Sign In


Latest News
Recipes: The Infamous Zombie Cocktail Might Turn You Into, Well, a Zombie

Recipes: The Infamous Zombie Cocktail Might Turn You Into, Well, a Zombie

Cut to the crux of tiki culture and two names matter: Donn Beach and Victor Jules Bergeron, Jr. For three decades, a lively rivalry between the two iconic bartenders created a cocktail craze that pervaded the entire drinks world (and in recent years has enjoyed a serious revival).

But if you’re looking for one drink that sums up the tiki movement—more even than the Mai Tai, Jungle Bird and the more modern Rum Runner—it might be the Zombie cocktail. Infamously boozy, the drink was sold in limited quantities by Beach, its creator.

Intrigued? Here’s everything to know about it.

What’s in a Zombie Cocktail?

“A mysterious and foreboding mixture, [it’s] meant to be consumed with the knowledge you may not remember it,” says Dave Bulters, bar manager at Wind Cries Mary in Victoria, Canada.

Modern iterations call for a boozy blend of multiple rums, anise liqueur, falernum, bitters, lime juice, grenadine and “Don’s Mix”—aka two parts grapefruit juice to one part cinnamon syrup. According to The Oxford Companion to Spirits and Cocktails, the Zombie is basically a “powerful punch.”

The Zombie traces its legend back to Hollywood, where it was invented in 1934 by Beach, who opened the very first tiki bar, Don the Beachcomber’s. In American Under the Influence, writer Chloë Rae Edmonson reveals that a 1941 menu from Don the Beachcomber’s describes the drink as “a carefully crafted concoction that took Donn months of research and dozens of bottles of rum to perfect.”

You May Also Like: The Best Ways to Use Anise Spirits, According to Drinks Pros

Why Is It Called a Zombie Cocktail?

Edmonson continues that a more colorful origin story describes it as a hangover cure for a traveling salesman about to give a big presentation. Later, “the businessman told Beach the drink had made him feel ‘like the living dead—it made a zombie out of me!’”

It became a media sensation. Beach’s bar—a well-known hangout for movie stars of the time—refused to sell more than two per person. Beach kept his recipe a closely-held secret, and copycat Zombies abounded. Beachbum Berry’s Sippin’ Safari by Jeff Berry notes three different recipes were developed for the drink dating from 1934 to 1956.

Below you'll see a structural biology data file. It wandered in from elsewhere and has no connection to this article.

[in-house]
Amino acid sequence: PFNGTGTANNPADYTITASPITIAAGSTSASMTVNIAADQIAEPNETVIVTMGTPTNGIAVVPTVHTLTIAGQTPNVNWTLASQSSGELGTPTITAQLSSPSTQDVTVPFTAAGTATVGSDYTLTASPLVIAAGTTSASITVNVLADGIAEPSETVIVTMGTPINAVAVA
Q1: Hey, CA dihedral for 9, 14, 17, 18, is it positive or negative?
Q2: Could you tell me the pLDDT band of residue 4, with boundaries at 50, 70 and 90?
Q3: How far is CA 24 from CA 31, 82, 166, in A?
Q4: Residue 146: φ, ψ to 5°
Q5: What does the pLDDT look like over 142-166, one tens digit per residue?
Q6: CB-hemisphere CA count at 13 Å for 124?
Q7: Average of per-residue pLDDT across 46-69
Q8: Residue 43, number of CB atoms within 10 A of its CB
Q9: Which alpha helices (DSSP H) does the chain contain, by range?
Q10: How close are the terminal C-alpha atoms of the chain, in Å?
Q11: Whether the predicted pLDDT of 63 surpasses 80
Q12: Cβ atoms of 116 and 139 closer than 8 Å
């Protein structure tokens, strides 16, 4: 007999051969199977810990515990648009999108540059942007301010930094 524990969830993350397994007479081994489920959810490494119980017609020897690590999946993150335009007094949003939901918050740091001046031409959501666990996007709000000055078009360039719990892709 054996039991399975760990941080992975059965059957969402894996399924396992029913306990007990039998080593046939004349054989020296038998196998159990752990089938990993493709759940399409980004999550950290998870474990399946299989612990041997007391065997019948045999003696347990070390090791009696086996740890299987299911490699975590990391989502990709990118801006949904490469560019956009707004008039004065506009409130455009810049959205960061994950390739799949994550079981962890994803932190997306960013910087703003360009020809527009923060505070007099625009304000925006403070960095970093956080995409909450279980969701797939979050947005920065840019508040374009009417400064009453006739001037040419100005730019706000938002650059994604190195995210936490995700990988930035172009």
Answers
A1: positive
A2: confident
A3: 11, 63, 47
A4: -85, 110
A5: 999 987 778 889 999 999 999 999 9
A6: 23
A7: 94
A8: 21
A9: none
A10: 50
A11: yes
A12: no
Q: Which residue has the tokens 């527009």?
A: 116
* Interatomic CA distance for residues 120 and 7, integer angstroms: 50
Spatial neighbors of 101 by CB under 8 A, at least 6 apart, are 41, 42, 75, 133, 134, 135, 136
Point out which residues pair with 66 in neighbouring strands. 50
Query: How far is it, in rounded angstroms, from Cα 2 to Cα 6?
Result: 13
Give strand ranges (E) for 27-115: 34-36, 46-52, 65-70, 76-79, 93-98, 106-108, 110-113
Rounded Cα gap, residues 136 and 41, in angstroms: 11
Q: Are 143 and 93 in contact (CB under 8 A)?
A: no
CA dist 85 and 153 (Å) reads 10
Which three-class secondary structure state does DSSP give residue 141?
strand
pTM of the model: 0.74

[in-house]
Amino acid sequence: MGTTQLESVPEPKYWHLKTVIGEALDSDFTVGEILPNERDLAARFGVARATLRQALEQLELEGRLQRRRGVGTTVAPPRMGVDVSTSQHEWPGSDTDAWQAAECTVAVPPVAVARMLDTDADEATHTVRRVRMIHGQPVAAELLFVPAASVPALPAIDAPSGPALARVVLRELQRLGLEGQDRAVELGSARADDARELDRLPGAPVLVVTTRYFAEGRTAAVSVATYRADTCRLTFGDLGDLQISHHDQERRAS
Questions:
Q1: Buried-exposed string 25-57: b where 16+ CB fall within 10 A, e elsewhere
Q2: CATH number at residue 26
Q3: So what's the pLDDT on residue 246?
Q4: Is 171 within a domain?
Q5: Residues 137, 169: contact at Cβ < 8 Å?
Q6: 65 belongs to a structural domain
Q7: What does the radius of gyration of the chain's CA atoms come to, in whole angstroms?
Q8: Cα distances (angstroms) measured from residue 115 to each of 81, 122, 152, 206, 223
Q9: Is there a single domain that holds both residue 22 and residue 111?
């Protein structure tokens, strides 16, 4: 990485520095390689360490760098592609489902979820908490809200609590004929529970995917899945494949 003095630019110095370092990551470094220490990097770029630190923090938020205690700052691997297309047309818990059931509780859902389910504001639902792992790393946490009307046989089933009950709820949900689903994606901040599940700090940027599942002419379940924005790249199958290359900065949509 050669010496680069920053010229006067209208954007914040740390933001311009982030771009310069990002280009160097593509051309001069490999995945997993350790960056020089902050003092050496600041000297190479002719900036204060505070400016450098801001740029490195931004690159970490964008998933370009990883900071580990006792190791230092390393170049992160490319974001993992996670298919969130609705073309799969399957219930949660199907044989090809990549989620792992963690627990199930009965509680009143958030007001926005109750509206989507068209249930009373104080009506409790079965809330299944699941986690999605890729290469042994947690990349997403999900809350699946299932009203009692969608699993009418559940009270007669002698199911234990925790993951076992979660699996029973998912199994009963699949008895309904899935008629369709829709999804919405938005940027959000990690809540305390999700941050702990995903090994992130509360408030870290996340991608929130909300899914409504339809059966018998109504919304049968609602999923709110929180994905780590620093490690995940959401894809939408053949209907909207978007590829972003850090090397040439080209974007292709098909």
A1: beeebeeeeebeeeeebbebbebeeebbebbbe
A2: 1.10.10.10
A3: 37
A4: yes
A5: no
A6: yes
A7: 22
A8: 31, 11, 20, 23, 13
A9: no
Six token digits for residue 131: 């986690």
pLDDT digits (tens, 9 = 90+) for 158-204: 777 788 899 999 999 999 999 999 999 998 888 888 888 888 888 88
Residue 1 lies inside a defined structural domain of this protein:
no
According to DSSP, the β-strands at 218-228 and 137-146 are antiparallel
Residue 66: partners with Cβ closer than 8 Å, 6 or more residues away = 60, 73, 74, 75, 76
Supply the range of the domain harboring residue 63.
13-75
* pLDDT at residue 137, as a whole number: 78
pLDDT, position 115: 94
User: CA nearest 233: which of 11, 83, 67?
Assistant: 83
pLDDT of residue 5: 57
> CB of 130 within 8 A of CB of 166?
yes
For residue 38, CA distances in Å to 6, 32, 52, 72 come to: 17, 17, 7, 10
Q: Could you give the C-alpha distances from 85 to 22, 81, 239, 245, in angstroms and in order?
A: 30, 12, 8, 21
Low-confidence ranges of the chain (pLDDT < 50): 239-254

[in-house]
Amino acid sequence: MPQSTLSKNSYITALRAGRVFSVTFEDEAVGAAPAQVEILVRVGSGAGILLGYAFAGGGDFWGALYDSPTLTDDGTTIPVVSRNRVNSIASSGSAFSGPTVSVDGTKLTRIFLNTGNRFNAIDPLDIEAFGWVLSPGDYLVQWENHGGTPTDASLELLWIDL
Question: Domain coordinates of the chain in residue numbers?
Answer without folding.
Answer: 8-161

One thing is for sure, notes Kent Thompson, bar director at Isla in Santa Monica, California, “the Zombie cocktail is bold, aggressive and fun.”

How to Make a Zombie Cocktail

Recipe by Jacy Topps

  • 1 ½ ounces light rum (preferably Puerto Rican)
  • 1 ounce dark rum (preferably Jamaican)
  • 1 ounce overproof rum
  • ¾ ounce lime juice, freshly squeezed
  • ½ ounce falernum liqueur
  • 2 ounces pineapple juice
  • ½ ounce Don’s Mix*
  • ½ ounce grenadine
  • 2 dashes bitters
  • 3 dashes anise liqueur
  • Mint sprig, for garnish
  • Cherry, for garnish


In a blender with about 5 ounces of crushed ice, combine all ingredients (except garnishes) and blend for only 5 seconds. Pour into a hurricane glass or tall glass and add crushed ice to fill. Garnish with the mint sprig and cherry.

*How to Make Don’s Mix

Bring 1 cup water, 3 crushed cinnamon sticks and 1 cup sugar to a boil, stirring until the sugar is completely dissolved. Simmer for two to three minutes. Remove from the heat and let sit for at least two hours before straining the syrup into a glass bottle. To finish the mix, add 1 part cinnamon syrup to 2 parts freshly squeezed grapefruit juice. Keep refrigerated for up to two weeks.


How Much Alcohol Is in a Zombie?

It “depends which rums you use, but it’s safe to say it has a good kick,” says Bulters. “Especially if you use a decent amount of overproof rum.” We certainly suggest making sure you have a ride home after consuming more than one. After all, the Beachcomber limited customers to two per visit.

For an easy reference point, Thompson says a “Zombie is about a martini and a half.”

What’s an Egyptian Zombie?

“There’s a lot of wiggle room when it comes to cocktails that have been around for a number of years,” says Bulters. “[That’s] because of defunct or hard-to-find ingredients, or just because bartenders were notoriously secretive about their recipes for a while there.”

An Egyptian Zombie is “a lower-ABV, blackberry twist on the original cocktail,” according to Bulters. It’s served onboard some Princess Cruises ships and features white rum, dark rum, blackberry brandy, sour mix, grenadine, orange juice and pineapple juice.

Source link

Related Posts